Next up is Gash, a fake priest that has stolen girls, although it doesn’t say what he’s doing with them. Defeating him releases the Ambition Pange. One of the girls was dead, though, and her mother tries to kill herself when we return to tell her — fortunately someone stops her.


I was so tired of the game at this point that I didn’t really get the story here — it had something to do with two people who wanted to get married but are now dead, and some ceremonial jewels involved in their wedding. But I think I had to talk to more townspeople to get the full story. Anyway, the Masho is Sone Jina, who gives the Jealousy Pange.

Sone Jina

The last Masho is Eizel, who has the Vanity Pange. You need all the diamond equipment to fight him; I of course used a walkthrough to find the stuff but it seems hard to find without it. Maybe the townspeople gave some clues, but I wouldn’t be surprised if this was yet another case where people have to buy the official guidebook to finish the game.


Now with all the Pange sealed inside Ralph’s orb, Dragon Lazes calls the party to a shrine where he opens the way to the final dungeon, where Galba awaits. I used the previous dungeons to level to 38 and then used Sun Shards to go through the entire dungeon with no encounters. As the game hinted earlier, Galba is Ralph’s father, and apparently also the father of Liz and Teo, although I don’t know where that came from. He believes that he’s been doing the will of Dragon Lazes and Dragon Digbodinon (the dark dragon). At that point, Digbodinon orders him to kill the party.


I think I was overlevelled because he wasn’t very hard. I spent a few turns just increasing attack and healing, and then continued to have Lumies increase attack while the fighters used their special attacks.

Once Galba is defeated, for some reason that removes Digbadinon’s influence although they don’t really explain why. Lazes praises the party, and reveals that Lumies was sent with the party because Lazes didn’t trust humans, since they once betrayed him. But now he sees humans are trustworthy and goes into a long sleep, leaving the world in the care of the humans. He reminds us to not just believe in what we can see. The final scene is Galba joyfully greeting his children. Why? I don’t know, it just ends right there.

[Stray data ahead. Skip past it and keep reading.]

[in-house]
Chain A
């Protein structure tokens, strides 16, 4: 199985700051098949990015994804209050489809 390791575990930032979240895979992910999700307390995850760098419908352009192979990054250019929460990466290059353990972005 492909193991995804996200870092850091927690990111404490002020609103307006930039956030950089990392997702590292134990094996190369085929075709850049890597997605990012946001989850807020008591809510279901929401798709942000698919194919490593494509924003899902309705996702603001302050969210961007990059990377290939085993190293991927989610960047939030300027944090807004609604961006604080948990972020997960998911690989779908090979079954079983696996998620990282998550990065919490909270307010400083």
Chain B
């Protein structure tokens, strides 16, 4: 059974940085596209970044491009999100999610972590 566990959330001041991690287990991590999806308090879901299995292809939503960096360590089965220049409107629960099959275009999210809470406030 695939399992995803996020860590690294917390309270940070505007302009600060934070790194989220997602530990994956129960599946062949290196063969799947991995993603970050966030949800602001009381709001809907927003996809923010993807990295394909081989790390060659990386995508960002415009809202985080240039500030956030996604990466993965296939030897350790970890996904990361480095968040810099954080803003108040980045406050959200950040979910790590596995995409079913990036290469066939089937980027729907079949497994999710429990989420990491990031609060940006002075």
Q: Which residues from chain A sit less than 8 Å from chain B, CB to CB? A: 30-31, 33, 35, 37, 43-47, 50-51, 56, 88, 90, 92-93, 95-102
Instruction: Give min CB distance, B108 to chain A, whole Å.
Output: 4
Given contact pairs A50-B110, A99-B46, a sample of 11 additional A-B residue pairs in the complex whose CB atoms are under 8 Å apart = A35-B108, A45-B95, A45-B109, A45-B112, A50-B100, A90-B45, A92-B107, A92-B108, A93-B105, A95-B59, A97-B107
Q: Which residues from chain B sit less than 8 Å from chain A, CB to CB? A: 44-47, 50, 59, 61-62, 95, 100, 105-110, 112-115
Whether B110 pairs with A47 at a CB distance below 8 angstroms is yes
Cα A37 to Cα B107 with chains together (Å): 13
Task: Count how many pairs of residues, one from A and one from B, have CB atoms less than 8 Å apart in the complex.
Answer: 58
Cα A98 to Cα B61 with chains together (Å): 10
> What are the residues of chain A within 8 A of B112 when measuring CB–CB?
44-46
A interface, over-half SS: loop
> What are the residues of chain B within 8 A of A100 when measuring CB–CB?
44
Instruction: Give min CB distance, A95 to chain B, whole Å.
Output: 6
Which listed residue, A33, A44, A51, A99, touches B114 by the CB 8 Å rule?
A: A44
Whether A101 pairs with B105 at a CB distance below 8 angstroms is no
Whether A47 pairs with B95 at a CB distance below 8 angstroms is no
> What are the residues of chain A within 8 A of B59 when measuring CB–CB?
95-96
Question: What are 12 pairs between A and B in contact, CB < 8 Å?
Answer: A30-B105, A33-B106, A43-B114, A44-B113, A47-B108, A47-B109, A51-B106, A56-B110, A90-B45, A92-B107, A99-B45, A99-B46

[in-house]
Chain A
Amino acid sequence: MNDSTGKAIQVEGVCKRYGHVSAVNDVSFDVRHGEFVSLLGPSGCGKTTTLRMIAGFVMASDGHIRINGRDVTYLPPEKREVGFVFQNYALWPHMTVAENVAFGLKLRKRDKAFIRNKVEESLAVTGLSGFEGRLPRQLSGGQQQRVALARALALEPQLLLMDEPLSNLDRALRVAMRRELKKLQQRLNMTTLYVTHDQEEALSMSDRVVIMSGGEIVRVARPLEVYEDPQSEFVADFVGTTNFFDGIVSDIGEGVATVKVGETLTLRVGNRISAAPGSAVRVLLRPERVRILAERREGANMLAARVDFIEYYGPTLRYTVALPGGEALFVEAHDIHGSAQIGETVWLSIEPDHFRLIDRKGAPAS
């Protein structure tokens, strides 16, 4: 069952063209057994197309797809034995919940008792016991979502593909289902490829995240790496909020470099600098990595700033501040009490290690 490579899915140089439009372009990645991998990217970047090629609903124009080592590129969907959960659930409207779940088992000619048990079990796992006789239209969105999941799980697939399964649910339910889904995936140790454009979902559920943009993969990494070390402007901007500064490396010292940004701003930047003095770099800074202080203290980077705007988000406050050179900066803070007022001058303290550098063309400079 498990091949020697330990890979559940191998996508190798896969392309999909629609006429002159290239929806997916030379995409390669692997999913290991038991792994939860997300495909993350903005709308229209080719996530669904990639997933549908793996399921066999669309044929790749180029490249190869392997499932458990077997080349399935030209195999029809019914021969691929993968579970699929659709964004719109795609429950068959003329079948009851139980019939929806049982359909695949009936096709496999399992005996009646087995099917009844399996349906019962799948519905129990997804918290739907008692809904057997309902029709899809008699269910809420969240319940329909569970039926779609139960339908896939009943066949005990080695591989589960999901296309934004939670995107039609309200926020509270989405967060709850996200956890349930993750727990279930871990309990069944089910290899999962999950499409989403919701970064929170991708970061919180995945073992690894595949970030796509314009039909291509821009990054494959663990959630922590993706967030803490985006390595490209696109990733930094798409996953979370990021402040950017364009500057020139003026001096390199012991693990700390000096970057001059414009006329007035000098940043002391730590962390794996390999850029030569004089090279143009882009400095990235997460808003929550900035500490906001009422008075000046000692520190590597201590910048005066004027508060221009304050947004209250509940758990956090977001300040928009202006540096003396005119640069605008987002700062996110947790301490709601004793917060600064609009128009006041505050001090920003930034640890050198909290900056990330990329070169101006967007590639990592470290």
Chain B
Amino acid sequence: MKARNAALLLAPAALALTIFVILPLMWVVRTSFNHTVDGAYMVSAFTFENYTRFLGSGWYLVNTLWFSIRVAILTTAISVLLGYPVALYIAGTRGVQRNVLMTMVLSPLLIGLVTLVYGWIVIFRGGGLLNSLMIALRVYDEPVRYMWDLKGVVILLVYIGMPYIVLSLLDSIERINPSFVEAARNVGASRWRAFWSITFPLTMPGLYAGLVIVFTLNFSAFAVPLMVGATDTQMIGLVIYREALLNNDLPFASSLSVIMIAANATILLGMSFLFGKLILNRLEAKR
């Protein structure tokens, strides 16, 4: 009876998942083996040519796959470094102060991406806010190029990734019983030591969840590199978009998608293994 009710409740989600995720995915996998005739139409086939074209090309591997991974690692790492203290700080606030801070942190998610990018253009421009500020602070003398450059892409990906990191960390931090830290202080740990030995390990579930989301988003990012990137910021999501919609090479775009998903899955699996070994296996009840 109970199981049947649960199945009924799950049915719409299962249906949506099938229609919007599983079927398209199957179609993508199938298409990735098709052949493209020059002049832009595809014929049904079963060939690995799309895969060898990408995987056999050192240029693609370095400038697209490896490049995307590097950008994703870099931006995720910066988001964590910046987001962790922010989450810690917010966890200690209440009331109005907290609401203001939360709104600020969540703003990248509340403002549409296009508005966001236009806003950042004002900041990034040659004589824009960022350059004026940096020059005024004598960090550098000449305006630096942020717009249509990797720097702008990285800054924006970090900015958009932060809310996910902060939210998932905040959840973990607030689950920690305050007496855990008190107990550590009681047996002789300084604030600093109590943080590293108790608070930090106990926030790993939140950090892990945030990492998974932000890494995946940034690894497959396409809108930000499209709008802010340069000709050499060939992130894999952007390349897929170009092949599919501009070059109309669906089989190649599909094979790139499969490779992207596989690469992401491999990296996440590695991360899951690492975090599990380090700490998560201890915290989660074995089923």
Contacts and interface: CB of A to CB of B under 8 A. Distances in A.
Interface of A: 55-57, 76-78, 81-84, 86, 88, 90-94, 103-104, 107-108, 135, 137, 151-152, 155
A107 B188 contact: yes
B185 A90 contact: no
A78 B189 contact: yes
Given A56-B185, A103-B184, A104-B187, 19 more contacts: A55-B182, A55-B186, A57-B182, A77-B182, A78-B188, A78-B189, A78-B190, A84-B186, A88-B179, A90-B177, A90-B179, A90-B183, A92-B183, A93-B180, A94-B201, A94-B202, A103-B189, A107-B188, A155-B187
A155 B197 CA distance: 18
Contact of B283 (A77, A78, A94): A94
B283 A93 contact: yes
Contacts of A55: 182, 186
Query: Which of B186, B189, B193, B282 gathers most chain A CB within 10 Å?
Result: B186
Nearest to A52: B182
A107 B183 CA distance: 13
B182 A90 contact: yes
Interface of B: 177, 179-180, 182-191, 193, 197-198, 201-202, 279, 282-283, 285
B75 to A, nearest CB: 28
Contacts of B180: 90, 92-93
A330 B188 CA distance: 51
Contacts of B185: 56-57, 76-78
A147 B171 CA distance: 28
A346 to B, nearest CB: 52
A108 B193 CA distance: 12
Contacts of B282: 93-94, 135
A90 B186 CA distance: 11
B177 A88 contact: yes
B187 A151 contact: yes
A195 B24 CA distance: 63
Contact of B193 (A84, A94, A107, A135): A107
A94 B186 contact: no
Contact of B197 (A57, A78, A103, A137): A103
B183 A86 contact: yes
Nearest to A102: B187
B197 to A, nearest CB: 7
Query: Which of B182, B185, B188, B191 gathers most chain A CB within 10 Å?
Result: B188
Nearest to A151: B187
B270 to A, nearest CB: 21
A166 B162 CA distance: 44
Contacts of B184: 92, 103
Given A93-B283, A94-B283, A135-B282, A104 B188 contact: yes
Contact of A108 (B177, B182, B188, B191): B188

The family reunited

All you get from this point is the credits, and then an odd “results” screen that shows how many times you pressed each button:

X, L, R, and select do nothing in the game.

Then a more typical results screen, showing number of saves, inns, deaths, etc. 1390 is the number of encounters I had, and that’s with my heavy use of “no encounter” items and spells.

188 treasure chests opened

To put it simply: this game is horrid. The developers should be ashamed for releasing this and charging money for it. My timer at the end of the game was 30:35, and that was with the unlimited money, step-by-step walkthrough, and basically bypassing a third of the dungeons with a walkthrough and “no encounter” spells/items. I can’t imagine the torture of playing this game on a real console without all this help — and without the speedup key. My timer showed 30 hours, but with snes9x’s speedup I was able to do 90 minutes of levelling in about 15 minutes so the actual time I put in was far less.

Fuck you.

2 thoughts on “SFC Game 24 – Dual Orb Part 2 (Final)

  1. monju

    Sounds like a worse grind than Elnard's English release 7th Saga. I don't think they even made official guidebooks for this game and its sequel for some reason.

    It's not unusual for small, low budget studios to buff the playing time by introducing some grind to the game, but I had no idea anybody could screw up this badly. Lack of proper playtesting surely alongside other issues. Besides the grind, it would have been an okayish 'RPG Maker' type game as some had pointed out by the looks of it.

    I like the results screen. If the game was a better one or atleast bearable to play, I see the idea in finishing with the least amount of keypresses you could, and competing with your friends. But evidently this game merits none of it, worth perhaps only for keeping a general idea of the plot in one's mind to benefit while playing the sequel later. Which thankfully IS a better game, but not without its share of battle balancing issues too. It's crazy they didn't learn their lesson here!

  2. Kurisu

    It's just hard to believe that they could put out this bad of a game in 1993. Maybe by the time I get to Dual Orb II I will have forgotten how bad this was.